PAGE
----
In this image issued by London Marathon Events, Kenya's Eliud Kipchoge trains alongside his pacemaker in the grounds of the official hotel and biosecure bubble in London, Monday Sept. 28, 2020, ahead of the elite-only 2020 London Marathon on Sunday Oct. 4. The 40th Race will take place on a closed-loop circuit around St James's Park in central London. (Bob Martin/London Marathon Events via AP)
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Ethiopian runner Kenenisa Bekele warned that valuable seconds could be lost on the curves of the modified London Marathon course in pursuit of Eliud Kipchoge's world record.

The longtime rivals spoke at a news conference Wednesday from a biosecure hotel reserved for elite marathoners ahead of Sunday's race.

“It’s not an easy thing running curves," the 38-year-old Bekele said. “Maybe at some point you are losing some speed because of curves, some seconds, it’s affecting maybe some times. We will see on Sunday.”

Athletes will compete on a 26.2-mile (42.2 kilometer) closed-loop course consisting of 19.6 clockwise laps around St. James’ Park. The traditional course along the River Thames was scrapped because of the coronavirus pandemic. Only elite men and women are competing and no spectators are permitted.

“It’s a new course. At this moment, it’s really difficult to say if it’s a really fast course or not,” Bekele said.

The 35-year-old Kipchoge is seeking his fifth London victory. The Kenyan is the world-record holder (2 hours, 1 minute, 39 seconds) who last year became the first person to run a marathon distance in under 2 hours, in an unofficial exhibition.

Bekele, a three-time Olympic champion on the track, won the 2019 Berlin Marathon in a time that was only 2 seconds off Kipchoge’s world record set the year before, also in Berlin. He said the repetitiveness of the course could be a problem.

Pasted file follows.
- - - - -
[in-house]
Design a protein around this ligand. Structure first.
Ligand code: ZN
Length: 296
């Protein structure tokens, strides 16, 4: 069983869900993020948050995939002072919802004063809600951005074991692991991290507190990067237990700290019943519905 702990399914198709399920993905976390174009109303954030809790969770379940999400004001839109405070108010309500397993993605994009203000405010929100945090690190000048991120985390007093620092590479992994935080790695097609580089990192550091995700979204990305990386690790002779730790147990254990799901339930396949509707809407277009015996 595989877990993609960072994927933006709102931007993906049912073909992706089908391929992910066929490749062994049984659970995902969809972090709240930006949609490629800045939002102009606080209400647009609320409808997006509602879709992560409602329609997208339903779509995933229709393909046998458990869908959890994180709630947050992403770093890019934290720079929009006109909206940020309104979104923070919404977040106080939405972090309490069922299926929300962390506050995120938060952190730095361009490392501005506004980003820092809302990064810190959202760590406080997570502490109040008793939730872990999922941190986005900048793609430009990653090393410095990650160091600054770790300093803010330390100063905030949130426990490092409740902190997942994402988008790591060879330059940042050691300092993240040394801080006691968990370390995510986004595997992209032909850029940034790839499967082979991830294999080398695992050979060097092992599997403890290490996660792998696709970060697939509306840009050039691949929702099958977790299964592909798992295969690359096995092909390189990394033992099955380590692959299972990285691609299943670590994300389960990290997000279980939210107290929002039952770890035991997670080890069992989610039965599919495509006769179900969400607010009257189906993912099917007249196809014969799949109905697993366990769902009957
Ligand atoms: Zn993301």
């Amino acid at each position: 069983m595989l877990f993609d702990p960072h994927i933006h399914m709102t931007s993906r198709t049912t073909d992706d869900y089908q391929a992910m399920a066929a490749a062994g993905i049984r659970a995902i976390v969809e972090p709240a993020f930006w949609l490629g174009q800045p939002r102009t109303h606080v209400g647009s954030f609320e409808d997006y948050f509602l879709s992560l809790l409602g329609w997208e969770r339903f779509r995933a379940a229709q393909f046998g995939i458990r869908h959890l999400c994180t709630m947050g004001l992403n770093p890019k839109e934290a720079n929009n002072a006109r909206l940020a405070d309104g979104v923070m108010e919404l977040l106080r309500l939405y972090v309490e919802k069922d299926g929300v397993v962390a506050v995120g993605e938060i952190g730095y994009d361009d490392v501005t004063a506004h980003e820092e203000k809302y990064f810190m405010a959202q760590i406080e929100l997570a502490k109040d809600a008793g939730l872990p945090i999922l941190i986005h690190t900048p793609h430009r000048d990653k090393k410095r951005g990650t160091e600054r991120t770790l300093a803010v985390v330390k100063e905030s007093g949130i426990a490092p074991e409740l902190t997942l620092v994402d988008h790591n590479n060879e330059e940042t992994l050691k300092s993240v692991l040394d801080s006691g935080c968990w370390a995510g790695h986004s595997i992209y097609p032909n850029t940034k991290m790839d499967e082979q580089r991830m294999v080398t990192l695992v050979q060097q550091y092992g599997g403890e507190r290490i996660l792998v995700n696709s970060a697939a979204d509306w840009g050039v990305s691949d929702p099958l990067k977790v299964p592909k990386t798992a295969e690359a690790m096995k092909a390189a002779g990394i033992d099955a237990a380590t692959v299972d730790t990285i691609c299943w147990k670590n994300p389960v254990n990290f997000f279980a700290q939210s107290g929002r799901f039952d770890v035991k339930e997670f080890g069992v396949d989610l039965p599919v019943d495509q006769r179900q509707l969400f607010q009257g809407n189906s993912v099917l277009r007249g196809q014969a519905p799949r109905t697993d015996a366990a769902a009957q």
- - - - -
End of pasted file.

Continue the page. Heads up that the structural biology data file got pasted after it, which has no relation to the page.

“If you get some difficulties on some place, you are repeating several times. This makes you maybe uncomfortable and stressed,” Bekele said.

Kipchoge said the laps “will be no problem” but that it will be “a different race” than the sub-2 hour performance nearly one year ago in Vienna.

“I have shown the way to many athletes that to run under 2 hours is possible,” he said. "I’ve done my part ... to actually inspire everybody.”

Kipchoge had elite pacemakers and specialized Nike sneakers for that historic run. He said critics should adapt.

“We live in the 21st Century," he said. “First, we need to accept change. Secondly, development goes hand in hand with technology.”

Both men said they plan to compete in the Tokyo Olympics next year.

Kipchoge has won 11 of the 12 marathons he’s run with his only blemish a second-place finish seven years ago in Berlin.

He was his typically philosophical self when discussing how much longer he can compete at an elite level.

“Everything has a beginning and an end ... like the day has a morning, an afternoon and an evening,” Kipchoge said. “I'll still be around. I will call off the sport when the time comes.”

Only one other World Marathon Major — Tokyo — was held this year as Boston, Berlin, Chicago and New York all canceled because of the pandemic. The Tokyo field was also elites only.

Virus testing was conducted before athletes left for London and on the day of their arrival. They’ll also be tested on Friday. Degitu Azimeraw, who won the 2019 Amsterdam Marathon, withdrew after she tested positive in Ethiopia.

Brigid Kosgei will try to defend her title in the women's race. The 26-year-old Kenyan holds the world record of 2:14:04, set in winning the Chicago Marathon last October.

Kosgei will be challenged by Kenyan teammates Ruth Chepngetich and Vivian Cheruiyot. Manuela Schär and David Weir will feature in the wheelchair events.


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